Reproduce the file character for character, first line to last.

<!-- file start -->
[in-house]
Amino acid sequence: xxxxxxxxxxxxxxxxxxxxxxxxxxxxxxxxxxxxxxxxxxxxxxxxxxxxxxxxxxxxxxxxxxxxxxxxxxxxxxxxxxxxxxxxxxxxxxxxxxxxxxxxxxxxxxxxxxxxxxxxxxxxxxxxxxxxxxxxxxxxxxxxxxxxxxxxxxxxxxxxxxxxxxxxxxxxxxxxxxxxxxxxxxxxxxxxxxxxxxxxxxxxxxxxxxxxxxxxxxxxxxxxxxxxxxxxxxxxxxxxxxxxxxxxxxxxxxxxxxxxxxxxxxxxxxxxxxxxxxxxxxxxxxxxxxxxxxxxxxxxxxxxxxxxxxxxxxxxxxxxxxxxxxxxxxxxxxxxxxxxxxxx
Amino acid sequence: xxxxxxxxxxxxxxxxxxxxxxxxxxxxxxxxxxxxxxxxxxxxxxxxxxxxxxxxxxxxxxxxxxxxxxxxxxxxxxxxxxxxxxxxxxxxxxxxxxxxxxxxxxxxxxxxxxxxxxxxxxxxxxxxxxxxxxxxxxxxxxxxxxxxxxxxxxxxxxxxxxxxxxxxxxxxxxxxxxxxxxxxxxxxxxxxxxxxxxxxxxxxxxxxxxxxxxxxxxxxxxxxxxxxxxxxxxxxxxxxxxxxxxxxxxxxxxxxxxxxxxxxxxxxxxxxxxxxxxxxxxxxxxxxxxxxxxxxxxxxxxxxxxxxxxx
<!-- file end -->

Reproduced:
[in-house]
Amino acid sequence: xxxxxxxxxxxxxxxxxxxxxxxxxxxxxxxxxxxxxxxxxxxxxxxxxxxxxxxxxxxxxxxxxxxxxxxxxxxxxxxxxxxxxxxxxxxxxxxxxxxxxxxxxxxxxxxxxxxxxxxxxxxxxxxxxxxxxxxxxxxxxxxxxxxxxxxxxxxxxxxxxxxxxxxxxxxxxxxxxxxxxxxxxxxxxxxxxxxxxxxxxxxxxxxxxxxxxxxxxxxxxxxxxxxxxxxxxxxxxxxxxxxxxxxxxxxxxxxxxxxxxxxxxxxxxxxxxxxxxxxxxxxxxxxxxxxxxxxxxxxxxxxxxxxxxxxxxxxxxxxxxxxxxxxxxxxxxxxxxxxxxxxx
Amino acid sequence: xxxxxxxxxxxxxxxxxxxxxxxxxxxxxxxxxxxxxxxxxxxxxxxxxxxxxxxxxxxxxxxxxxxxxxxxxxxxxxxxxxxxxxxxxxxxxxxxxxxxxxxxxxxxxxxxxxxxxxxxxxxxxxxxxxxxxxxxxxxxxxxxxxxxxxxxxxxxxxxxxxxxxxxxxxxxxxxxxxxxxxxxxxxxxxxxxxxxxxxxxxxxxxxxxxxxxxxxxxxxxxxxxxxxxxxxxxxxxxxxxxxxxxxxxxxxxxxxxxxxxxxxxxxxxxxxxxxxxxxxxxxxxxxxxxxxxxxxxxxxxxxxxxxxxxx